Feedback – a quest for self-awareness, professional growth and personal development.
Feedback is a double-edged sword. You may have received useless feedback which raised frustration or even anger and thus had no positive impact on the people involved. Still feedback can become a crucial and valuable element of both workplace communication and private life, transforming people, the relationships they build as well as the social environments within which they live and grow.
Properly provided and received, feedback enables you to find out more about yourself and your actions; in particular, you gain insights into how the other people you interact with perceive you and your behaviour. As such feedback may help you more objectively identify your weaknesses and strengths as well as the areas of potential growth and development.
Acting on the conviction stated above, the Selleo team have been experimenting with feedback extensively and – in doing so – have developed a constructive feedback system which supports the co-workers – as individuals as well as members of teams and a community of work – in their attempts to understand themselves and each other better as well as to facilitate their professional and personal growth. The Selleo feedback system consists of a few apparently connected elements:
- 360-degree feedback sessions, where each individual is free to exchange feedback with their work circle, i.e., all the co-workers the person interacts with,
- RevYou – an online service which helps to ensure that the code a developer submits is thoroughly reviewed by their colleagues;
- client satisfaction surveys, which enable those who serve a specific client to elicit the client’s assessment of the quality of solutions implemented as well as the level of service delivered, and finally,
- MMS (Merit Money System) – a system which enables each and every Selleo team member to reward their co-workers with kudos (reward points which convert to bonuses) as a token of appreciation for their colleagues’ efforts, performance, demeanor and other aspects they deem worth rewarding.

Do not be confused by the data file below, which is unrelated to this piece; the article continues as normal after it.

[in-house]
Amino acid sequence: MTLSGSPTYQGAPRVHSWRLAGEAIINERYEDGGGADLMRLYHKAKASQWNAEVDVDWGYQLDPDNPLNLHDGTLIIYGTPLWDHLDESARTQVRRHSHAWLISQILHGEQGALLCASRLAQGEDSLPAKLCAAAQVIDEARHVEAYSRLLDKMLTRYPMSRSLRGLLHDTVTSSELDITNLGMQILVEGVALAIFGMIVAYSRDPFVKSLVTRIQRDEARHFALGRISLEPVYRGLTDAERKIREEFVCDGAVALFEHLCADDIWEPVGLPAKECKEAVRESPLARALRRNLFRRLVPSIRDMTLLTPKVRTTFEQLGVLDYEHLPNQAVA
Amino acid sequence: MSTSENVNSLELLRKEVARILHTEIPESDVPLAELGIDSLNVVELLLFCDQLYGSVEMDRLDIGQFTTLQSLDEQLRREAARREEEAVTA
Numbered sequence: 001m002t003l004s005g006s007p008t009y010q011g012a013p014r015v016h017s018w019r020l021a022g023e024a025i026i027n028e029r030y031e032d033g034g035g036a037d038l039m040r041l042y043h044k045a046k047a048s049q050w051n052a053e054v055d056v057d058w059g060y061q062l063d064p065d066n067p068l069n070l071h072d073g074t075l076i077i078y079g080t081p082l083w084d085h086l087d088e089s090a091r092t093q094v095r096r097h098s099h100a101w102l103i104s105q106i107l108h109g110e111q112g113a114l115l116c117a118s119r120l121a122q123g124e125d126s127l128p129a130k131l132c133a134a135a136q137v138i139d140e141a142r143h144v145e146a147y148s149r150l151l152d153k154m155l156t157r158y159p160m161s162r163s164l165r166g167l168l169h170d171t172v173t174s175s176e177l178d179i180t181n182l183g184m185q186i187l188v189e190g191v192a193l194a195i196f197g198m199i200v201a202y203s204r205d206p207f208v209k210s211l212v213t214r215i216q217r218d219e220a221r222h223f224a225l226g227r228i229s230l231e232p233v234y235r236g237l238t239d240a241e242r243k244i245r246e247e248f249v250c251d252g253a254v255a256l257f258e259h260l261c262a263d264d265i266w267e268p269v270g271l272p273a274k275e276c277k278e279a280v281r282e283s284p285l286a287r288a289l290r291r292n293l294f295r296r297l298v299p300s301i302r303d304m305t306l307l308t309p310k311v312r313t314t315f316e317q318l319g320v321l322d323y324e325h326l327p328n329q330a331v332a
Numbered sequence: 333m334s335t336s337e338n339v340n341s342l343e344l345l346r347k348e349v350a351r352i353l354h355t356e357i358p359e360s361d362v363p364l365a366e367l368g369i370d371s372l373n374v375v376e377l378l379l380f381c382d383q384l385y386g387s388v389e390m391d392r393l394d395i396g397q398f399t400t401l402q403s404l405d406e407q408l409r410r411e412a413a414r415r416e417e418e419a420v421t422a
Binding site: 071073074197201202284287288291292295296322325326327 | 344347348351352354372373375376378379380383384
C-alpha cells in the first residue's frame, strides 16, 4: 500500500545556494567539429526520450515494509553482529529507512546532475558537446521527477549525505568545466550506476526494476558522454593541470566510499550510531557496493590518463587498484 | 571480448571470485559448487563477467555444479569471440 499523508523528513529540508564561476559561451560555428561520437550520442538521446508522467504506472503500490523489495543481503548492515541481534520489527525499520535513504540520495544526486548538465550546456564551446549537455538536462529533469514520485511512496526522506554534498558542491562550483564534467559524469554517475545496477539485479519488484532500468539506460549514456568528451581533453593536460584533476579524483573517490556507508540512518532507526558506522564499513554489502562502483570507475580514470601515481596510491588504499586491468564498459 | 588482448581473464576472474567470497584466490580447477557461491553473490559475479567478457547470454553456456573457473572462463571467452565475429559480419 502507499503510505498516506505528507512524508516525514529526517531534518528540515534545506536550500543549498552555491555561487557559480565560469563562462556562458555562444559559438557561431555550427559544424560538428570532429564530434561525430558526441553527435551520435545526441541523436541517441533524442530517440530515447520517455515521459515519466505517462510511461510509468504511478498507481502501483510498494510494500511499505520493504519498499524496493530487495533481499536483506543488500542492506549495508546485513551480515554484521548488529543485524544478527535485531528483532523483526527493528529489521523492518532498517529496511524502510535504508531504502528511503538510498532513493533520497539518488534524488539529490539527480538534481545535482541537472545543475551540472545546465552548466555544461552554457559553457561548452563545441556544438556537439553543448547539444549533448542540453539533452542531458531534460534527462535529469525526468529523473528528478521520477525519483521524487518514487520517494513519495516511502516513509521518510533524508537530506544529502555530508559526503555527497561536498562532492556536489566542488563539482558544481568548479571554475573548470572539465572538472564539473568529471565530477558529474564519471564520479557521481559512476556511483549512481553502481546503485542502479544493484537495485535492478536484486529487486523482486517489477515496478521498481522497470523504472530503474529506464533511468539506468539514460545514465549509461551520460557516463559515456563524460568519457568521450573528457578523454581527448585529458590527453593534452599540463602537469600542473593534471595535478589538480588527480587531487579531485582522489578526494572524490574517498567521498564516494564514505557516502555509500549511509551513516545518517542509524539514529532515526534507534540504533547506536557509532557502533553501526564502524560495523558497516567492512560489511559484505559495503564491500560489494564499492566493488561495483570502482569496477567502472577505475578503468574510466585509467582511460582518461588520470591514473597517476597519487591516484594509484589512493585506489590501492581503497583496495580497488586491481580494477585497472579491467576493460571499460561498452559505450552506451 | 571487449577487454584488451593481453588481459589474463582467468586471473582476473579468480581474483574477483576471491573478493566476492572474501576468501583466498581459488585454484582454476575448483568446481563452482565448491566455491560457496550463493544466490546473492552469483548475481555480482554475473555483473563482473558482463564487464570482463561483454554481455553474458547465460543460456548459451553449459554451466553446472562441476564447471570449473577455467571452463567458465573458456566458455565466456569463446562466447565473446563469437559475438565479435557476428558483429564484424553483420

The following text is the first article in a series which aims to describe the different components of the Selleo feedback system in greater detail.
Table of Contents
360-degree feedback sessions
One of the elements of the feedback system in Selleo is a periodically organized 360-degree feedback session. We were inspired to experiment with the practice by Jurgen Appelo and his Management 3.0book. To cut a long story short, each co-worker – whatever their position or area of responsibility – is invited to take part in a gathering during which the participants are free to give and receive feedback to and from each other. Participation in the session is not obligatory and you are free to refrain from either providing feedback for a specific individual or receiving feedback from them. Despite the voluntary basis, about 60-70% of the people choose to take part in the event, and the fraction of those who choose to attend has been growing steadily. The feedback exchanged is usually focused on performance, behaviour, communications and attitudes.
Rules for giving and receiving feedback
Providing and receiving feedback in a constructive way can be quite a challenge and a daunting task indeed. Some people initially struggle because they simply do not know how to give another person feedback or receive feedback from them; few people have been trained or offered an opportunity to practise the skill before. Thus we chose to introduce a couple of rules which make the whole process easier for the participants to handle. We have opted for and advocate the following set of rules for giving feedback:
- Give feedback only when the recipient is ready to take it.
- Always maintain eye contact with the recipient. Admittedly, looking somebody in the eye may feel hard, especially if you are about to criticise their behaviour. However, people who maintain eye contact are generally considered more confident, honest, and reliable. They seem interested in the interlocutor, who in turn are more likely to accept the message.
- Be specific. Your recipient must know exactly what you think they did well/wrong – focus on some specific behaviour that caught your attention, rather than a generic evaluation of a person. The former is more descriptive and based on your observations, while the latter seems more judgmental, accusatory, and refers to your interpretations, which may be flawed. Try to avoid statements starting with “You…”, and replace them with “I-messages” instead.